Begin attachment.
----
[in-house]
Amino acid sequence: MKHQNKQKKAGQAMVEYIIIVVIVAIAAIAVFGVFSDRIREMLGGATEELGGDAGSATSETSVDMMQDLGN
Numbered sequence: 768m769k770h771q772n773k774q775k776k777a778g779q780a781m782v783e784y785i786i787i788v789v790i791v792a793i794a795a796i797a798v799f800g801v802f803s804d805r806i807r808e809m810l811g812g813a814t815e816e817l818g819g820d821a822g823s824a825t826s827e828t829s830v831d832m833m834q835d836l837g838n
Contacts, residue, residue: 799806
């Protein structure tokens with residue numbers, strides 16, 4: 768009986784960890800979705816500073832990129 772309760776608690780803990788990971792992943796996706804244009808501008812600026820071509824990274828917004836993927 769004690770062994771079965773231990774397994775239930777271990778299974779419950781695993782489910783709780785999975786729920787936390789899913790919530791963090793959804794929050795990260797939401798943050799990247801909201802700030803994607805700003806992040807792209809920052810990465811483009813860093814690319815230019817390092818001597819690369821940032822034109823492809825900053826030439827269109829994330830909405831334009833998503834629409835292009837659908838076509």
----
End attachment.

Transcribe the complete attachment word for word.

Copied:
[in-house]
Amino acid sequence: MKHQNKQKKAGQAMVEYIIIVVIVAIAAIAVFGVFSDRIREMLGGATEELGGDAGSATSETSVDMMQDLGN
Numbered sequence: 768m769k770h771q772n773k774q775k776k777a778g779q780a781m782v783e784y785i786i787i788v789v790i791v792a793i794a795a796i797a798v799f800g801v802f803s804d805r806i807r808e809m810l811g812g813a814t815e816e817l818g819g820d821a822g823s824a825t826s827e828t829s830v831d832m833m834q835d836l837g838n
Contacts, residue, residue: 799806
């Protein structure tokens with residue numbers, strides 16, 4: 768009986784960890800979705816500073832990129 772309760776608690780803990788990971792992943796996706804244009808501008812600026820071509824990274828917004836993927 769004690770062994771079965773231990774397994775239930777271990778299974779419950781695993782489910783709780785999975786729920787936390789899913790919530791963090793959804794929050795990260797939401798943050799990247801909201802700030803994607805700003806992040807792209809920052810990465811483009813860093814690319815230019817390092818001597819690369821940032822034109823492809825900053826030439827269109829994330830909405831334009833998503834629409835292009837659908838076509």